Christianity in Saudi Arabia
|Christianity by country|
Accurate religious demographics are difficult to obtain in Saudi Arabia but while all citizens are considered Muslims by the state, there are believed to be at least 1.5 million Christians living in the country.
Christians had formed churches in Arabia prior to the time of Muhammad in the 7th century. Purportedly, one of the earliest church buildings ever discovered by archaeologists is located in Saudi Arabia, known as Jubail Church, built around the 4th century. Some parts of modern Saudi Arabia (such as Najran) were predominantly Christian until the 7th to 10th century, when most Christians were expelled or converted to Islam. Some Arabian tribes, such as Banu Taghlib and Banu Tamim, followed Christianity.
Christian community today
There are more than a million Roman Catholics in Saudi Arabia. Most of them are expatriate Filipinos who work there, but who do not have the citizenship of Saudi Arabia. The percentage of Christians of all denominations among the about 1.2 million Filipinos in Saudi Arabia likely exceeds 90%. There are also Christians from Canada, the United States of America, New Zealand, Australia, Italy, Greece, South Korea, Ireland, the United Kingdom, India, China, Pakistan, Sri Lanka, Indonesia, Malaysia, Thailand, Ethiopia, Nigeria, Kenya, Lebanon, Syria, Jordan, and as well a number of Christians from sub-Saharan countries who are working in the Saudi Kingdom.
Saudi Arabia allows Christians to enter the country as foreign workers for temporary work, but does not allow them to practice their faith openly. Because of that Christians generally only worship within private homes. Items and articles belonging to religions other than Islam are prohibited. These include Bibles, crucifixes, statues, carvings, items with religious symbols, and others.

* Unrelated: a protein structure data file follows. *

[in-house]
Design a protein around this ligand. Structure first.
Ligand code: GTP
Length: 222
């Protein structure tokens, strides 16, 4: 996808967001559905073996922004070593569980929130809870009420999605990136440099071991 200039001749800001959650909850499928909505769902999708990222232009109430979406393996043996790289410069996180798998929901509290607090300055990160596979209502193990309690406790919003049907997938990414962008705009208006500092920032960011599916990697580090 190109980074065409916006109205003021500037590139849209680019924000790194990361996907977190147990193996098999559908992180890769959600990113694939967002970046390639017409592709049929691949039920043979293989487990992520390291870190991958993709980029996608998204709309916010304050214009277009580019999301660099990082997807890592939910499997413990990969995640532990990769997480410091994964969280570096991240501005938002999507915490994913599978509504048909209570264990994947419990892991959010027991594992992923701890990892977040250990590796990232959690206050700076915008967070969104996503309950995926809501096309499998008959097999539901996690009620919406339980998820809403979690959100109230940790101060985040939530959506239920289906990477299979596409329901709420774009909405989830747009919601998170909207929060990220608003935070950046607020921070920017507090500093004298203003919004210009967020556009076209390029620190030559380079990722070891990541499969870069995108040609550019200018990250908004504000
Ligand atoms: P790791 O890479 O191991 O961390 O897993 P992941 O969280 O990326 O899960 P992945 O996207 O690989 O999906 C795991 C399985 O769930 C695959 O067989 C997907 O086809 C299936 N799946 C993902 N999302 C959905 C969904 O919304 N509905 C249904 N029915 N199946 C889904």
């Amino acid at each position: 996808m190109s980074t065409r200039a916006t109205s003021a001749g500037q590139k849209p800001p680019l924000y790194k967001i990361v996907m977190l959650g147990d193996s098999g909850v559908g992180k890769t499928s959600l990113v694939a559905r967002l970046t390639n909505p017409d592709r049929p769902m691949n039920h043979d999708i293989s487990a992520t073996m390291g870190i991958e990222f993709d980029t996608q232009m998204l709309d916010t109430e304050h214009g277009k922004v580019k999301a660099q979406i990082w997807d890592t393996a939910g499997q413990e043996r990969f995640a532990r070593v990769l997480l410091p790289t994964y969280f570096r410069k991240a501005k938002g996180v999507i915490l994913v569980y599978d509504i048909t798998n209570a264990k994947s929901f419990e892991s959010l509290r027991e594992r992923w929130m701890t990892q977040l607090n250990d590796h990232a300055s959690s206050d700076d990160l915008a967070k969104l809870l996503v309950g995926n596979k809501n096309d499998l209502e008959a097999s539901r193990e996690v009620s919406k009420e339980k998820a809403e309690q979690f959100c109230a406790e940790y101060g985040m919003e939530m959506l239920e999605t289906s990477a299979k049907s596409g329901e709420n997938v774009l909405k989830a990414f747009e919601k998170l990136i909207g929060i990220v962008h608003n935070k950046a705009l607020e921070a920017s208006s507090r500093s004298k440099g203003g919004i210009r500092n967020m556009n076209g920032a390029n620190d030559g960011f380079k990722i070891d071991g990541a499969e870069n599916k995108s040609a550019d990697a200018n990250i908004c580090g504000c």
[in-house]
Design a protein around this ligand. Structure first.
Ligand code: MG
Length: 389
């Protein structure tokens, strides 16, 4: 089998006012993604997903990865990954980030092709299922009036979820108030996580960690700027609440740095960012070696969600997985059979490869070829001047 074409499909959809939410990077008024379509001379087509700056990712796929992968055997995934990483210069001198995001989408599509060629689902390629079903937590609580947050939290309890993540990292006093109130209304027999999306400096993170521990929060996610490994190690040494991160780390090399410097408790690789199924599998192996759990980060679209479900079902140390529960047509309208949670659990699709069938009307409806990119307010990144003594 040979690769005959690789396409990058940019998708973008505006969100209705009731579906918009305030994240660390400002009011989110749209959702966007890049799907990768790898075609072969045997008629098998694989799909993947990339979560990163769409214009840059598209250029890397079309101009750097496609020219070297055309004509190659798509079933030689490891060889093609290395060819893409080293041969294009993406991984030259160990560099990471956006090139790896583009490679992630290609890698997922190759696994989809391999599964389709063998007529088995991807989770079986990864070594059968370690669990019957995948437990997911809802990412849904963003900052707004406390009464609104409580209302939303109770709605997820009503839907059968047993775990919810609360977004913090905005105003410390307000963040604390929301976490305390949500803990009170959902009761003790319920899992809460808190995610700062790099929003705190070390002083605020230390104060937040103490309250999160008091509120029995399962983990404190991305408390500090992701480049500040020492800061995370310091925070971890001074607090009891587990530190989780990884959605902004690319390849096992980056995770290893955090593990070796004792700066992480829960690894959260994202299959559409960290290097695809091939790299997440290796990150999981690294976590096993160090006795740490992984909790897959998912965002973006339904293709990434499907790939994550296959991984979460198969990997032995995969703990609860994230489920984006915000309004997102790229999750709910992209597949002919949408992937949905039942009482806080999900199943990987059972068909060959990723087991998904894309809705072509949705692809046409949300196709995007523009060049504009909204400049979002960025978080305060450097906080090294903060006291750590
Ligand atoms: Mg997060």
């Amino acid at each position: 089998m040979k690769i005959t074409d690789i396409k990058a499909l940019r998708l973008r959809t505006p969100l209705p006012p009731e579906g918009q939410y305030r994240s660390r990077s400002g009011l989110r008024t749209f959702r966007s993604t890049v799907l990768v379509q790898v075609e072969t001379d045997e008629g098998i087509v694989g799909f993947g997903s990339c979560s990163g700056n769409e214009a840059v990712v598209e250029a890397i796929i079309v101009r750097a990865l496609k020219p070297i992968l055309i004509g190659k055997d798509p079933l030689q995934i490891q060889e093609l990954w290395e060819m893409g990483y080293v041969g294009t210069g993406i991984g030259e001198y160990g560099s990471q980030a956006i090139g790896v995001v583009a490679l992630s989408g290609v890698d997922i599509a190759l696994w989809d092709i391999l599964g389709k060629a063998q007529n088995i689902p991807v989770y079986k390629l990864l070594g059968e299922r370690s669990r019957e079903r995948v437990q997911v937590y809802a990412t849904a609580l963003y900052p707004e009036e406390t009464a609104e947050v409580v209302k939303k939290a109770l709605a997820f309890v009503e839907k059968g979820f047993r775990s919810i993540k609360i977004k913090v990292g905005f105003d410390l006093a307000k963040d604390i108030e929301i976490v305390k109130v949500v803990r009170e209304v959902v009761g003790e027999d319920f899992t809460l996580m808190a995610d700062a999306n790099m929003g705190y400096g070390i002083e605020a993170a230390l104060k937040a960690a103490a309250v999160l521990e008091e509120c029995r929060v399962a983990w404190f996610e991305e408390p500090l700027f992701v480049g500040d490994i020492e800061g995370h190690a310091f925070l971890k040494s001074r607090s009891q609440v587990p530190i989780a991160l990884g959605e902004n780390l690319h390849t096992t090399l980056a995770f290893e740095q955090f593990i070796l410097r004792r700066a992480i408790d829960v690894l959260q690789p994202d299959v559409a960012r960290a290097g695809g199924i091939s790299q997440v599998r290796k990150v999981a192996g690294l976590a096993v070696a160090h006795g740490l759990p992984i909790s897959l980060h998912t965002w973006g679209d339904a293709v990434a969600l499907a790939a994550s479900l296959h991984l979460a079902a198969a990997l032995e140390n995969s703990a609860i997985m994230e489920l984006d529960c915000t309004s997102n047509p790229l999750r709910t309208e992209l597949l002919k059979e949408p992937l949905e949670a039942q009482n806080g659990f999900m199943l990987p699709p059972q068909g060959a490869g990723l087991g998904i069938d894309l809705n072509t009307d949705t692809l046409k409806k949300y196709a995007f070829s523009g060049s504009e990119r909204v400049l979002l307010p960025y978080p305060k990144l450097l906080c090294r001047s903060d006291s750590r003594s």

The Saudi Arabian Mutaween (Arabic: مطوعين), or Committee for the Propagation of Virtue and the Prevention of Vice (i.e., the religious police) prohibits the practice of any religion other than Islam. Conversion of a Muslim to another religion is considered apostasy, a crime punishable by death if the accused does not recant. The Government does not permit non-Muslim clergy to enter the country for the purpose of conducting religious services.
International Christian Concern (ICC) protested what it reported as the 2001 detention of 11 Christians in Saudi Arabia, for practicing their religion in their homes. In June 2004, at least 46 Christians were arrested in what the ICC described as a "pogrom-like" action by Saudi police. The arrests took place shortly after the media reported that a Quran had been desecrated in the Guantanamo Bay detention camp.
Currently there are no official churches in Saudi Arabia of any Christian denomination. The small number of Saudi Arabian Christians meets in internet chat rooms and private meetings. However, there are cases in which a Muslim will adopt the Christian faith, secretly declaring his/her apostasy. In effect, they are practising Christians, but legally Muslims.
The percentage of Saudi Arabian citizens who are Christians is officially zero, as Saudi Arabia forbids religious conversion from Islam (Apostasy) and punishes it by death (Capital punishment in Saudi Arabia).
- Human rights in Saudi Arabia
- Freedom of religion in Saudi Arabia
- Roman Catholicism in Saudi Arabia
- Orthodox Christianity in Saudi Arabia
- Protestantism in Saudi Arabia
- Capital punishment in Saudi Arabia
- International Religious Freedom Report 2009 - Saudi Arabia
- Giuseppe Caffulli (September 7, 2004). "A catacomb Church? Perhaps, but one that is alive and well . . . and universal". AsiaNews.it. Retrieved 2008-11-21.
- International Religious Freedom Report 2008 - Saudi Arabia
- Human Rights Watch World Report, 2003. Human Rights Watch. 2003. Retrieved June 10, 2011.
- Saudi Arabia : friend or foe in the war on terror?: Hearing before the Committee on the Judiciary. November 8, 2005. Retrieved August 6, 2015.
- Central Intelligence Agency (April 28, 2010). "Saudi Arabia". The World Factbook. Retrieved 2010-05-22.
- Cookson, Catharine (2003). Encyclopedia of religious freedom. Taylor & Francis. p. 207. ISBN 0-415-94181-4.